- Don’t request any diagnostic testing for suspected pulmonary embolism (PE) unless indicated by Wells Score (or Charlotte Rule) followed by PE Rule-out Criteria (in patients not pregnant). Low risk patients in whom diagnostic testing is indicated should have PE excluded by a negative D dimer, not imaging.

 Education of target referrers on the Choosing Wisely Recommendations should be implemented. The provision of educational strategies is not within the remit of the MBS but rather the MBS could leverage off educational strategies developed by the Colleges or a third-party organisation such as NPS MedicineWise whose primary role is to provide general education to health professionals.

6.4.2        Rationale

 The Committee advised against replacing imaging tests with PE-rule out tools for the diagnosis of PE.

 PE-rule out tools can guide the appropriate use of diagnostic imaging in patients whose clinical indication and circumstance fit the diagnostic rules. However, PE-rule out tools are not designed to replace imaging tests, as they are not applicable to all clinical circumstances.

 Incorporating the Choosing Wisely recommendations on the use of PE-rule out tools into MBS item descriptors would be difficult as:

- PE-rule out tools, written in clinical guidance language, are not readily adaptable to linear-list MBS DIST descriptors which are written in legislative regulatory language and can result in inappropriate patient inclusion or exclusion.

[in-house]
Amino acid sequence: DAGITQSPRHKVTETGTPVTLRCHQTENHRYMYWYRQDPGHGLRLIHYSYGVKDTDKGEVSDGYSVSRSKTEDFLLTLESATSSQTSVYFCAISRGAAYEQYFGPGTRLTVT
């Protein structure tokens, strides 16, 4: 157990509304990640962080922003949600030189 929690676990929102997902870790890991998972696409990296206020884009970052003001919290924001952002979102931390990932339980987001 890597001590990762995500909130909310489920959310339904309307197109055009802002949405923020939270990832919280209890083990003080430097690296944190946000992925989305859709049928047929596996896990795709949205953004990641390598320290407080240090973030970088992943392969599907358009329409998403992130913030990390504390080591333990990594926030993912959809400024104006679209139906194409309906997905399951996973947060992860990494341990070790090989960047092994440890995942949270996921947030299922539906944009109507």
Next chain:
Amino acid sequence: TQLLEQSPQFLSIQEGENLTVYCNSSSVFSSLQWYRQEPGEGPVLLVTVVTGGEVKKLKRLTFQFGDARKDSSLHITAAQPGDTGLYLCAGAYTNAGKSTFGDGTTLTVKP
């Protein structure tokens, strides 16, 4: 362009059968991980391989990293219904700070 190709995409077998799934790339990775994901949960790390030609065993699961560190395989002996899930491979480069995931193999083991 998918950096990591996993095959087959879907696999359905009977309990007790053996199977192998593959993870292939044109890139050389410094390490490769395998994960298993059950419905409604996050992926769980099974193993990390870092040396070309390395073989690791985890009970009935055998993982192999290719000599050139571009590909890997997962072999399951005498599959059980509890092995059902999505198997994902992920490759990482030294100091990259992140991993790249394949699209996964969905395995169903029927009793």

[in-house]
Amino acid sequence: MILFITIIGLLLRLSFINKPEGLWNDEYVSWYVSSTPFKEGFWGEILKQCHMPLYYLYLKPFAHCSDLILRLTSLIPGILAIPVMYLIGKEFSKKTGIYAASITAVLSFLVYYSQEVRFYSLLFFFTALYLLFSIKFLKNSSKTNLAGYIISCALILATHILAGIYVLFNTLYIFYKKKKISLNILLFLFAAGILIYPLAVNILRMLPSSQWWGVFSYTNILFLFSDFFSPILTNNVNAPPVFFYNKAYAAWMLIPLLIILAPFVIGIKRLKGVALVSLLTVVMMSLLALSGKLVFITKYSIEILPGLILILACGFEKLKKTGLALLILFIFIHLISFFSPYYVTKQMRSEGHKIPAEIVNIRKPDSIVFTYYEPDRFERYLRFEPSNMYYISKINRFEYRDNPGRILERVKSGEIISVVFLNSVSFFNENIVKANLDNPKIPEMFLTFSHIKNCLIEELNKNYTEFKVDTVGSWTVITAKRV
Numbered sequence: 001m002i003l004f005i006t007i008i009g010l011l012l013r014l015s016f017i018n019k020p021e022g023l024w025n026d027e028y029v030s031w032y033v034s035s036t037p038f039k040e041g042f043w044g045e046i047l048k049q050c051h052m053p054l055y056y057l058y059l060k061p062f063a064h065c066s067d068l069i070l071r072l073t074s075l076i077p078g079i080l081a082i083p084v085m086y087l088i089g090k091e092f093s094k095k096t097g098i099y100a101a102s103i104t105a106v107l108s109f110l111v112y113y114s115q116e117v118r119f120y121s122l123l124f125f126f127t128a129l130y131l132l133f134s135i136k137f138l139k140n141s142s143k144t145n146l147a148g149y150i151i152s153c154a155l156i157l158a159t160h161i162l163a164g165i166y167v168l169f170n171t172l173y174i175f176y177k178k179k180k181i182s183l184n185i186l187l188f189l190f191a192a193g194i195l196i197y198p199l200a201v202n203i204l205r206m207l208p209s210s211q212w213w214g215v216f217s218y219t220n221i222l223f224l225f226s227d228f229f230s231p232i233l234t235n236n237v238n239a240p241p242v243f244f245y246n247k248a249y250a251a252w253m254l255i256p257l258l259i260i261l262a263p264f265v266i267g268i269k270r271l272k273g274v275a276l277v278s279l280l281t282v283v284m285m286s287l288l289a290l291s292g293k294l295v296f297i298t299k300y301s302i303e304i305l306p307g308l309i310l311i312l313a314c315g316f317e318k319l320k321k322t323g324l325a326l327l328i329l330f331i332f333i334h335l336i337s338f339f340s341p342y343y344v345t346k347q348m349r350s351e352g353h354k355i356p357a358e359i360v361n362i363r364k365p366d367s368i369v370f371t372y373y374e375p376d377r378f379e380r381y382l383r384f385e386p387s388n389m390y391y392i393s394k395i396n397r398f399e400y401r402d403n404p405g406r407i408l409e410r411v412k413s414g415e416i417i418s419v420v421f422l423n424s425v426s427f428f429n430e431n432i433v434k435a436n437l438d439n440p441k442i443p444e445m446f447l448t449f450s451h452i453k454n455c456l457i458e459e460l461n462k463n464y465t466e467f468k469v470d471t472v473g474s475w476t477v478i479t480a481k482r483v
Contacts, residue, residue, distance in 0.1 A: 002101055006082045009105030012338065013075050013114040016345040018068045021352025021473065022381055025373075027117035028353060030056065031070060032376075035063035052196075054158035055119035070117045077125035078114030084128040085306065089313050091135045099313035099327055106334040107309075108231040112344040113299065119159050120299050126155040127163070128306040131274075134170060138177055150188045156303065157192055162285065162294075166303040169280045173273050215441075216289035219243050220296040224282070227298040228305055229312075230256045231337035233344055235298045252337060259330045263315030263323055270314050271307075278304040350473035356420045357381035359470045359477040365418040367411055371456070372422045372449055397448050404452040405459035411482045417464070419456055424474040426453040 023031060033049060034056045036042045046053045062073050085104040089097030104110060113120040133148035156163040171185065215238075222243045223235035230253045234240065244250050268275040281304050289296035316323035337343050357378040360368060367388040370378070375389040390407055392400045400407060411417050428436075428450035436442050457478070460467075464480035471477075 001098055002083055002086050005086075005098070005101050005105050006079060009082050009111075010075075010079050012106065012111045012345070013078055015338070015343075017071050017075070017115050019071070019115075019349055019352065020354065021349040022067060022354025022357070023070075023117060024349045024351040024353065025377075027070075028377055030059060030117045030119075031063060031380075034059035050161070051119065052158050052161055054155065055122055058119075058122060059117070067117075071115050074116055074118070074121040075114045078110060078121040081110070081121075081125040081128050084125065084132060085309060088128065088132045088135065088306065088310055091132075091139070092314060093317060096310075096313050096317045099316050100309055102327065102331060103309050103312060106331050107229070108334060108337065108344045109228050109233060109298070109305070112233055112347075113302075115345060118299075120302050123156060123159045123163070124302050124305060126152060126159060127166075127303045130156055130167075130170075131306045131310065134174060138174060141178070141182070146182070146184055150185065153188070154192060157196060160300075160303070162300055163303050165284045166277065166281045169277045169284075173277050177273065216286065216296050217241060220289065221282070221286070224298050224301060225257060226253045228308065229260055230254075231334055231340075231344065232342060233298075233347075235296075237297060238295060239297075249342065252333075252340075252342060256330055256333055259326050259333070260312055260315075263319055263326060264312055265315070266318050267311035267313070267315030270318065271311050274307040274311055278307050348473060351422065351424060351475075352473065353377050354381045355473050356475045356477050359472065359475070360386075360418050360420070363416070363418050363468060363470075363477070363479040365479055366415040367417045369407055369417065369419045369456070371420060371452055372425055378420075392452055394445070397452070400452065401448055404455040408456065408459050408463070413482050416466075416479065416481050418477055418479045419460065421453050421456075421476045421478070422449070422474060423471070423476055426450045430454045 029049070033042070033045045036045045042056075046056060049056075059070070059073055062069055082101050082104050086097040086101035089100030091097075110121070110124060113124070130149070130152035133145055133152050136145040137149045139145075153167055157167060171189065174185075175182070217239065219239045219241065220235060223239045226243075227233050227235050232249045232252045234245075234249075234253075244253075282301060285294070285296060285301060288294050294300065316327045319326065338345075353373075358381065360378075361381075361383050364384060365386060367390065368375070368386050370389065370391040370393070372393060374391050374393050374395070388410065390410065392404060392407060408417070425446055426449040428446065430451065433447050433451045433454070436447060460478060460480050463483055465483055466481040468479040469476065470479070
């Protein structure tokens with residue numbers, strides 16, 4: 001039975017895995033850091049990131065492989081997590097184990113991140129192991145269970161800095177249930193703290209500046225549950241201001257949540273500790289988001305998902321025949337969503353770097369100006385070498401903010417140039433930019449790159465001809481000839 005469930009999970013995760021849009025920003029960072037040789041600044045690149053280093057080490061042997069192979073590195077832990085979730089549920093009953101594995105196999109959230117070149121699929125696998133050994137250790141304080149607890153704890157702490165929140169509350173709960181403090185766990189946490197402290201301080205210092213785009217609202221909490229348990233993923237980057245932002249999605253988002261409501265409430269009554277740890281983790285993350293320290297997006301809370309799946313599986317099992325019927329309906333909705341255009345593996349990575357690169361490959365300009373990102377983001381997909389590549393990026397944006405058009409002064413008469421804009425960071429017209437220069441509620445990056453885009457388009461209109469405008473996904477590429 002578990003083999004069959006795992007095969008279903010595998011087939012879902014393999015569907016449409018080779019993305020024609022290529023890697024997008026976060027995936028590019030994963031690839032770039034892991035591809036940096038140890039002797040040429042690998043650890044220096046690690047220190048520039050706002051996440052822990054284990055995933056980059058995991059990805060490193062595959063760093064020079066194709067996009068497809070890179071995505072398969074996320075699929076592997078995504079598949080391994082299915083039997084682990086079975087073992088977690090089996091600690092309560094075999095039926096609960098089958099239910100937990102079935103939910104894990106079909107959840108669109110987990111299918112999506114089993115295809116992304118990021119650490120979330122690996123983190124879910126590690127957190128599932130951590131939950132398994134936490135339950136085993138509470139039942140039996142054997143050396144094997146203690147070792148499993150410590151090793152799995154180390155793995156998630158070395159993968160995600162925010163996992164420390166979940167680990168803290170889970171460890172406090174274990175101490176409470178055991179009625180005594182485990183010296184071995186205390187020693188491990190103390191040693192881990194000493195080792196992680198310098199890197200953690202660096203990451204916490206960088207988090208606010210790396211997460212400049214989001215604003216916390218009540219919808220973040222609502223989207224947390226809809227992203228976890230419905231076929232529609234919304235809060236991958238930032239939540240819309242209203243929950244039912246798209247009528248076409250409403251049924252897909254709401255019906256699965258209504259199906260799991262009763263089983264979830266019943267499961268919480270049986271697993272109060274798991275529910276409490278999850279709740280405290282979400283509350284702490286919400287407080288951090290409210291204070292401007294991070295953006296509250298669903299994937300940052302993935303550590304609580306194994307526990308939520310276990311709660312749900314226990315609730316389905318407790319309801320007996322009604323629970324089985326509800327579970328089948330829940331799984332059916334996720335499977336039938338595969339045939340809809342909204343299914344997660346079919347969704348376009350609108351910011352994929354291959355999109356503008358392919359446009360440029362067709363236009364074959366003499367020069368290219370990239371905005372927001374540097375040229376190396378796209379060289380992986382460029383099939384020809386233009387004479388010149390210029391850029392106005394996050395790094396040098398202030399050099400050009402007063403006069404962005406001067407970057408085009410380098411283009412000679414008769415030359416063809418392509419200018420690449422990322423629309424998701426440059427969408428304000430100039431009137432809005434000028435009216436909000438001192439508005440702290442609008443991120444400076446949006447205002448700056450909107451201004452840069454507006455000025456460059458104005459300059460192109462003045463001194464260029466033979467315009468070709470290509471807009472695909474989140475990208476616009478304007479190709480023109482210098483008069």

- MBS item descriptors are static while PE-rule out tools should be regularly revised in response to change in patient demographics, evolution of disease pathology and new research.

 The Committee advised against incorporating the RANZCR Choosing Wisely recommendations into the MBS item descriptors used for PE diagnostic imaging because in the future these recommendations may no longer be consistent with good clinical practice.

 The Committee noted that V/Q studies should not be restricted to pregnant patients as there are a number of valid indications for these studies in non-pregnant patients.

 In regard to the relative clinical utility of V/Q and CTPA in their use to diagnose PE, it was observed that:

- patient populations and valid clinical scenarios exist where one test is clinically advantageous over the other;

- patients and valid clinical scenarios exist where one of the two tests cannot be used at all on safety or practical grounds, and the other test must be used instead; for example, patients who are unable to lie down, patients who require a lower radiation dose or patients who may have contraindications to CTPA;

- a small non-zero technical failure and indeterminacy rate for each test exists, which may necessitate using the other test as backup;

- patient populations and valid clinical scenarios (typically complex and chronic) exist, where combined utilisation of both the tests is clinically appropriate and correct;

- the two tests provide equivalent diagnostic information in the majority of patients and clinical circumstances, and the relative utilisation reflects local expertise and availability.